Syria on Monday pledged full cooperation with the Arab League after it finally agreed to allow an observer mission to monitor a deal to end nine months of bloodshed, in a move dismissed by the opposition.
Arab League chief Nabil al-Arabi said an advance team of observers would head to Damascus within 72 hours, and the mission will last for a renewable initial period of a month.
Syrian Foreign Minister Walid Muallem welcomed the deal signed at Arab League headquarters in Cairo after weeks of prevarication and hoped that now the bloc will lift sweeping sanctions imposed on the Damascus regime.
But members of the opposition Syrian National Council meeting in Tunis dismissed Damascus’s acceptance of the League plan as “a manoeuvre.”
After the deal was signed, Muallem told a Damascus news conference: “Signing the protocol is the start of cooperation with the Arab League and we will welcome the observers’ mission from the Arab League.”
He said the deal would not impinge on Syrian sovereignty after the League agreed to 70 percent of the changes sought by Damascus.
“Within two or three days, an advance team of observers headed by Arab League Assistant Secretary General Samir Seif al-Yazal, including security, legal and administrative observers, will be sent,” Arabi told reporters.
Speaking at a joint news conference with Syrian Deputy Foreign Minister Faisal al-Maqdad, who signed the accord, Arabi said the mission was part of a broader Arab peace plan.
“The protocol is nothing but an Arab mechanism to go to Syria and move freely in various areas to confirm the implementation of the Arab plan which the Syrian government had previously agreed,” he said.
The plan, endorsed by Syria on November 2, also calls for a complete halt to the violence, releasing detainees and the complete withdrawal of the military from towns and residential districts.
The advance party of observers will be followed by 10-strong teams of experts specialising in human rights, legal and security issues, Arabi said, urging all parties concerned to make a show of “goodwill.”
France, which has spearheaded international pressure on the Damascus regime to end its deadly crackdown, said the observers could not be in place quickly enough.
“We regret there have been 30 more deaths in the past two days. It’s urgent,” a foreign ministry spokesman in Paris said.
There were more reports of bloodshed on Monday.
Activists said at least six civilians were killed by security forces across the country and many wounded, including a child in the restive Damascus neighbourhood of Midan.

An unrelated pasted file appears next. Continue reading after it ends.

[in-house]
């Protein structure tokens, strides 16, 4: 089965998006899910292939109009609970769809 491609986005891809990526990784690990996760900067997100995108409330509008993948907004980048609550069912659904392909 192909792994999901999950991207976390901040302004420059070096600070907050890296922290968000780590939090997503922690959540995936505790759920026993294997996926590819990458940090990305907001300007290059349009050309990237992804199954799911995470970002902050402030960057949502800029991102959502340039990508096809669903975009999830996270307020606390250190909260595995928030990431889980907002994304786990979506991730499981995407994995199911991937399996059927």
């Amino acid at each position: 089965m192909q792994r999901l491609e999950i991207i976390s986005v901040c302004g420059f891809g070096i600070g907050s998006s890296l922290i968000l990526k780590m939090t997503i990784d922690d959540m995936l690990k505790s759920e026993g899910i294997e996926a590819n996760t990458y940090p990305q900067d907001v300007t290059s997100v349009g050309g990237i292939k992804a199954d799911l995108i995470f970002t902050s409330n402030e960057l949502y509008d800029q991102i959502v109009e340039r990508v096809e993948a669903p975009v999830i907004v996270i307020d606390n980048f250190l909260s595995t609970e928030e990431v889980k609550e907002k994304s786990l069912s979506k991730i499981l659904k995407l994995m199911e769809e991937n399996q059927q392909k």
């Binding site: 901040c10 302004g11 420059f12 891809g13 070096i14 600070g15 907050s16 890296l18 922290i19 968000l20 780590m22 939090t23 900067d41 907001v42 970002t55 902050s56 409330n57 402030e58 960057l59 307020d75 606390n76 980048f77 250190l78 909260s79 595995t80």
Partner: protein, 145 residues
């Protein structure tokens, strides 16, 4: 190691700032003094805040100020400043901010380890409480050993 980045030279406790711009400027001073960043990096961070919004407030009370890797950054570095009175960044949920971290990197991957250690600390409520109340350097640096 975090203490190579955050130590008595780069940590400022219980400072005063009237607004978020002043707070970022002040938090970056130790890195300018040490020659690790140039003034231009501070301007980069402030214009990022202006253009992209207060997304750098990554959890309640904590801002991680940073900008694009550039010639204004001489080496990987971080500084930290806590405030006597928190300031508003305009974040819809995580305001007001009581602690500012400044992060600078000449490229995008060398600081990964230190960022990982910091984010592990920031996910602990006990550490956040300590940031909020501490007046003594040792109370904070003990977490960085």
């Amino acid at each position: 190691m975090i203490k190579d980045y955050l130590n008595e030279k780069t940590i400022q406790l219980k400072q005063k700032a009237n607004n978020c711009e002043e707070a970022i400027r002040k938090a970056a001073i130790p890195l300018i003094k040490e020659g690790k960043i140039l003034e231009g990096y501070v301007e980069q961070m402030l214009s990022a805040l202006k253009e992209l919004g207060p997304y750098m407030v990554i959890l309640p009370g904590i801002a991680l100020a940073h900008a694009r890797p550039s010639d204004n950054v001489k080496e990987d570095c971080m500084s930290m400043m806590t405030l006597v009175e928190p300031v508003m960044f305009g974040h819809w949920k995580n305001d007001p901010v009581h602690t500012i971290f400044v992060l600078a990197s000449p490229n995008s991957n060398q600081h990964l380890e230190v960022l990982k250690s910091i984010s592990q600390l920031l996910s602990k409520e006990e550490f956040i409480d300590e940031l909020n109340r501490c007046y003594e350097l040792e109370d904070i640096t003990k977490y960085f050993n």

The child was wounded when security forces opened fire to disperse demonstrators at the funeral of a 13-year-old girl killed on Sunday, the Syrian Observatory for Human Rights said.
Hala Mujaned was struck by a bullet in the back, another group, the Local Coordination Committees, reported.
Another child was seriously wounded on Monday when security forces opened fire in the northern Idlib province, where several other people were also wounded, the Observatory said in a statement received in Nicosia.
Three members of the regular army were killed in Idlib province in clashes with deserters in the town of Maaret Numan, it added.
Syria blames the unrest on “armed terrorist groups” — not peaceful protesters as claimed by Western powers and rights groups — and Muallem said he hopes the observer mission will vindicate this contention.
“There are many countries in the world who don’t wish to admit the presence of terrorist armed groups in Syria.” he said. The observers “will come and see that they are present.”
Muallem said the interior ministry will provide security escorts, but insisted that the monitors will only be allowed to visit protest hubs and other flashpoints, not sensitive military sites.
Syria will also allow in foreign media provided they report objectively, he added.
He said Syria’s Cold War ally Russia, which in October used its Security Council veto to block a resolution that would have threatened “targeted measures” against regime figures, had backed the observer mission.
“Russia’s position is clear, they advised Syria to sign the protocol and we implemented that,” he said, stressing however that Damascus’s decision had not been dictated from abroad.
The 22-member Arab bloc had been trying to persuade Damascus to accept the observer mission for weeks, and last month hit Syria with a raft of sanctions after it refused to sign the deal, saying it undermined Syrian sovereignty.
Under the terms of the deal, Syria must also hold talks with the opposition under League auspices.
“Within days, not more than a week, a meeting will be held for all the factions of the Syrian opposition at the Arab League to flesh out its positions and after that meeting the Syrian government will be invited to hold a dialogue with the opposition,” Arabi said.
Muallem insisted the regime was sincere in its promises of reform and reiterated a call on the opposition to join the regime for talks.
“We want to emerge from this crisis and build a safe, modern Syria, a Syria that will be a model of democracy,” he said.
“A political solution is based on a national dialogue,” he added.
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